NAS set up and interface solutions

Hello everyone

Iam thinking of getting a NAS drive and bakcing up all my old DVD rips and phtos etcc to it. I have heard using somthing like plex is an easy way to watch ,view and orginse the files via somthing like a PS5 etc.
However.

I do not own a pc that can be conected to the NAS drive
I live pretty on site for my job, so a pc has been supllied, but its networked through my jobs internet so not able to concet to my home net work. Its completey independant and fire walled to my empoyment. I am allowed to use it for personal tasks, but it is limited.
Is there a way to copy files to a USB and then just plug it in to a nas such as this one

Amazon product


then use a phone app to copy the files across?

I have never used a NAS before , nor set one up.

any help for a NAS newbe would be aprecaited.

Thanks.
 
Technically possible but realistically a total pain.

If your work pc is as locked down as you say will they allow the installation of ripping sw and the transfer of data off the pc by usb?

If they do then you have the logistical issue in ripping the disk then copying it to a usb drive, moving the drive to the nas, copying the rip from the usb to the nas.

Then there is the question of what will run the plex server, you’ll need to consider what formats you are ripping and what the devices you’ll use to watch play and if there is transcoding required, this along with the volume of rips you want to store will inform the size of nas you go for and it’s compute/memory specs if it will also run the plex server

Which then leads to the question of how you will back your nas up, as is often said raid is not a backup

The last point to consider is how will you manage the nas without a pc/Mac?

I would suggest that managing the nas, plex server, backup/restores and data transfer to the nas via tablet / phone will be a painful task.

You may wish to look at truenas core as a home brew nas solution run on pc hardware as that might allow the plex server and local administration all to be run on a single device, possibly also rip locally cutting out the work pc totally.

Alternatively if you want a dedicated nas device (have a look a qnap security issues before deciding on there platform) then also consider a re-use business pc to use to rip, manage data transfer, administer the nas & potentially act as the plex server.
 

next010

Distinguished Member
I'd suggest getting your hands on any cheap laptop you can even something like this laptop.

You will need the laptop to
  • install software to manage and setup the NAS.
  • install software if you plan to rip DVD's from USB DVD drive.
  • copy files to the NAS over the network.

Another approach instead of the dedicated NAS is, get the nvidia shield pro, this has the ability to run the Plex media server locally which means if you plug in USB drive then it can scan the USB drive and use Plex client to view it so no external NAS required. You can also copy files to the USB drive over the network from a PC (your company PC may not allows this).

Just your laptop and the shield will do the job and you can stream from the shield plex server to the PS5 Plex as well. Watch this video on how to do it.
 
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mickevh

Distinguished Member
There's an FAQ about NAS pinned in this forum that may be worth reading - though it is a few years old at time of writing, most of the content will still be relevant. - it's just things like some of the "numbers" that may be out of date. IIRC Web site "Small NetBuilder" has some primers on subjects such as NAS.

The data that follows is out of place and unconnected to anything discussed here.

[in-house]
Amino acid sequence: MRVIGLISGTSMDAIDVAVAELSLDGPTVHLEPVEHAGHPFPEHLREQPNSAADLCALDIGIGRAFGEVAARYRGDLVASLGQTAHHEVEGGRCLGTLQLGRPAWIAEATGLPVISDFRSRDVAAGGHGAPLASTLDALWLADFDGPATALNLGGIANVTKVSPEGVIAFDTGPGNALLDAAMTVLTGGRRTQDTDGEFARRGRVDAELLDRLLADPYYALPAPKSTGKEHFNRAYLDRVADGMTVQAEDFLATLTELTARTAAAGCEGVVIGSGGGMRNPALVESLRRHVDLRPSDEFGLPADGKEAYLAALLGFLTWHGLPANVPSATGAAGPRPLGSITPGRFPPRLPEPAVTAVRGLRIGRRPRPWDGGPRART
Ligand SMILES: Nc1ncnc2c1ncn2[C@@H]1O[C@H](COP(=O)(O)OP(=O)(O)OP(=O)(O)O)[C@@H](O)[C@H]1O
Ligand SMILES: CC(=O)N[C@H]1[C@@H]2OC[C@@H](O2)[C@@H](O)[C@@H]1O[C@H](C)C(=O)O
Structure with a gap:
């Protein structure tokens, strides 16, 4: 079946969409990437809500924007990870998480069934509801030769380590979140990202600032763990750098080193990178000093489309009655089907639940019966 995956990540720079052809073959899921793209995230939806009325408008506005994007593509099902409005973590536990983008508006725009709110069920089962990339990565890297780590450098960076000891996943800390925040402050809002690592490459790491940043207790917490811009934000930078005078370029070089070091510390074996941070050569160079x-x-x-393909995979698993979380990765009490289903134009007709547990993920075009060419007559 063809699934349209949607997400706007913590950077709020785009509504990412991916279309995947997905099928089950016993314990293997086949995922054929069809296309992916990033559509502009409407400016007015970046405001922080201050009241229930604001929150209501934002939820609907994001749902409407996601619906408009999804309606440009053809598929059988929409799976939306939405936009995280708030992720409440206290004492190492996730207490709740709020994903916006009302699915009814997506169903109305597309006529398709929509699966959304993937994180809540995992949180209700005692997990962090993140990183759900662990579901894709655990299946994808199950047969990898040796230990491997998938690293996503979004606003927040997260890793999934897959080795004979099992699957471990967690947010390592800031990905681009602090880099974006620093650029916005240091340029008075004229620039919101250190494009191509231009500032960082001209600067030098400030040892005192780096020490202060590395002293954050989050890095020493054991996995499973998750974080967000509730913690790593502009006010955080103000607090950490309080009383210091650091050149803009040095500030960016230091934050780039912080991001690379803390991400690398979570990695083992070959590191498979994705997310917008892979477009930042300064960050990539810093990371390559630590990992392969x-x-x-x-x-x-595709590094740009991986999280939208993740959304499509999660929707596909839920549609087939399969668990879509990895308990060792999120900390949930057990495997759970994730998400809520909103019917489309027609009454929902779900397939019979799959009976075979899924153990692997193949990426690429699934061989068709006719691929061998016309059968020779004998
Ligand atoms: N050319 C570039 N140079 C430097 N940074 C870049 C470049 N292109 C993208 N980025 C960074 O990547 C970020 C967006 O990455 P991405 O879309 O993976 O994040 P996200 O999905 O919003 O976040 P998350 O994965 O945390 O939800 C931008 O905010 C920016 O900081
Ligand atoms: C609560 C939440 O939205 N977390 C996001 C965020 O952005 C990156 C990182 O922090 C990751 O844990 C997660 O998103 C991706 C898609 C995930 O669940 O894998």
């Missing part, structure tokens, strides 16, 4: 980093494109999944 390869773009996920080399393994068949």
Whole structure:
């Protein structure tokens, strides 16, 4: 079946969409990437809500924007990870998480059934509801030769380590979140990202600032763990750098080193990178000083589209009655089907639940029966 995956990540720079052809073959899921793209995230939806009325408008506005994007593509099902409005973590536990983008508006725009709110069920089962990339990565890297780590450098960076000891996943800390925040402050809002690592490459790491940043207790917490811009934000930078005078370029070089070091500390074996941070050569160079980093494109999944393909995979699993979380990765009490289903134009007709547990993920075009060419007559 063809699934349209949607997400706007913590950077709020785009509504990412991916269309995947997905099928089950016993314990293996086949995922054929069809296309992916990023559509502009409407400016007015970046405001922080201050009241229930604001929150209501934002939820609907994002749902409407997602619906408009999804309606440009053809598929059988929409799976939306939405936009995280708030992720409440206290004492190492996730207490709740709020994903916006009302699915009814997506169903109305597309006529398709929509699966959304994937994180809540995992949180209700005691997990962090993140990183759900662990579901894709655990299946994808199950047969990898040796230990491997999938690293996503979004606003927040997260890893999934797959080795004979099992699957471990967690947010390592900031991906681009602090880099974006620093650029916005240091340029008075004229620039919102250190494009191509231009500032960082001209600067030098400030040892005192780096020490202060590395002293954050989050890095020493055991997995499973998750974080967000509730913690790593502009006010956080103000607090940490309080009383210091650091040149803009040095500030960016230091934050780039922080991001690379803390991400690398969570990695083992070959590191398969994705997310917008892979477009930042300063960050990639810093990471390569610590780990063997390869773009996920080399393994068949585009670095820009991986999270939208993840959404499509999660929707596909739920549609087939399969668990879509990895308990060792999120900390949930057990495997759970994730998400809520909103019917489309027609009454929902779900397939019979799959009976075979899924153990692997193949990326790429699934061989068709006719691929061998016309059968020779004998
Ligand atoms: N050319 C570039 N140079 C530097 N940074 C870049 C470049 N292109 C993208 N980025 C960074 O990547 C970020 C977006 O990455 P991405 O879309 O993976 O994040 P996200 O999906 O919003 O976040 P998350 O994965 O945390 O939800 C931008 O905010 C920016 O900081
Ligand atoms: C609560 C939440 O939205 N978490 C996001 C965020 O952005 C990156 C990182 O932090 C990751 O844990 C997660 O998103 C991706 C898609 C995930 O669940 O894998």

There's nothing particularly "magic" about a NAS. It's just a computer, like any other, that's been stripped down to the basics necessary, and optimised for, the task of hosting files (any files) and making them available over a network. Literally "Network Attached Storage." This made them cheap and simple. Though many have increased storage capacity compared to things like a desktop PC. However, there's been a lot of "function creep" over the years as (particularly SOHO) NAS makers have "added back in" lots of functionality and added extras to make them more complex again. If you bear in mind the core ethos of a NAS and what's been done to them since, hopefully it helps comprehend why they are as they are.

NAS have an operating system (OS) like any other computer, often it's form of UNIX/Linux (which is cheap/free to procure) and can be easily tailored to the product design (and omit all the "bloat" of things like Windows.) Many are designed to operate "headless" (without a screen and keyboard attached) and thusly the admin functions are completed using a web browser - just like your router. That being the case, you should be able to manage any such NAS with anything (PC, phone. tablet, etc.) that has a (compatible) web browser built in and can connect to the NAS over the network.

Things like Plex are by no means necessary to stream media (I don't use it) but a lot of people like it.

Some vendors make the manuals available online. Perhaps try downloading a few and see what the products offer.

If your employer has seriously locked down your laptop, you may find that things like the ability to install software are prevented - possibly even the ability to use the USB ports, but that's easy enough to check.
 
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There's an FAQ about NAS pinned in this forum that may be worth reading - though it is a few years old at time of writing, most of the content will still be relevant. - it's just things like some of the "numbers" that may be out of date. IIRC Web site "Small NetBuilder" has some primers on subjects such as NAS.